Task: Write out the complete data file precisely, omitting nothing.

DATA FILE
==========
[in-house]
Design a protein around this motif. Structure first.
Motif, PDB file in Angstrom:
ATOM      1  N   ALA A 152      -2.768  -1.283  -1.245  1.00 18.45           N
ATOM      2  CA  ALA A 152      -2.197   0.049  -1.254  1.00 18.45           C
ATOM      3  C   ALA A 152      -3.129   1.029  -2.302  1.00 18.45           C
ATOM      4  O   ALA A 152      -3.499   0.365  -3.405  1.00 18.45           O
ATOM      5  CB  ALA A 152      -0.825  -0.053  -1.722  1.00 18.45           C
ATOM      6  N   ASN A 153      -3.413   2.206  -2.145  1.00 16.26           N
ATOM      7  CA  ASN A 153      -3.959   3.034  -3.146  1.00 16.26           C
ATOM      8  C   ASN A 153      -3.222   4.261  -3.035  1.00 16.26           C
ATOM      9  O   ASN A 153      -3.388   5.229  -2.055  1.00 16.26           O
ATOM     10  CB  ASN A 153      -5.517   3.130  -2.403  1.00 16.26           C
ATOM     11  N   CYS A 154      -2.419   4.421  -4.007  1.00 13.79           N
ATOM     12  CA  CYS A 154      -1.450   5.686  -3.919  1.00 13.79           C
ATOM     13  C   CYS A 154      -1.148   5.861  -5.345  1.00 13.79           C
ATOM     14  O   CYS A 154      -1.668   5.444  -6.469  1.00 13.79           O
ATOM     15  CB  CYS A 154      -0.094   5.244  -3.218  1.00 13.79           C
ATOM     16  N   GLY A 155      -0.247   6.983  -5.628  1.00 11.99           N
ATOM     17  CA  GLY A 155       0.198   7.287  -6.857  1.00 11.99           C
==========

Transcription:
[in-house]
Design a protein around this motif. Structure first.
Motif, PDB file in Angstrom:
ATOM      1  N   ALA A 152      -2.768  -1.283  -1.245  1.00 18.45           N
ATOM      2  CA  ALA A 152      -2.197   0.049  -1.254  1.00 18.45           C
ATOM      3  C   ALA A 152      -3.129   1.029  -2.302  1.00 18.45           C
ATOM      4  O   ALA A 152      -3.499   0.365  -3.405  1.00 18.45           O
ATOM      5  CB  ALA A 152      -0.825  -0.053  -1.722  1.00 18.45           C
ATOM      6  N   ASN A 153      -3.413   2.206  -2.145  1.00 16.26           N
ATOM      7  CA  ASN A 153      -3.959   3.034  -3.146  1.00 16.26           C
ATOM      8  C   ASN A 153      -3.222   4.261  -3.035  1.00 16.26           C
ATOM      9  O   ASN A 153      -3.388   5.229  -2.055  1.00 16.26           O
ATOM     10  CB  ASN A 153      -5.517   3.130  -2.403  1.00 16.26           C
ATOM     11  N   CYS A 154      -2.419   4.421  -4.007  1.00 13.79           N
ATOM     12  CA  CYS A 154      -1.450   5.686  -3.919  1.00 13.79           C
ATOM     13  C   CYS A 154      -1.148   5.861  -5.345  1.00 13.79           C
ATOM     14  O   CYS A 154      -1.668   5.444  -6.469  1.00 13.79           O
ATOM     15  CB  CYS A 154      -0.094   5.244  -3.218  1.00 13.79           C
ATOM     16  N   GLY A 155      -0.247   6.983  -5.628  1.00 11.99           N
ATOM     17  CA  GLY A 155       0.198   7.287  -6.857  1.00 11.99           C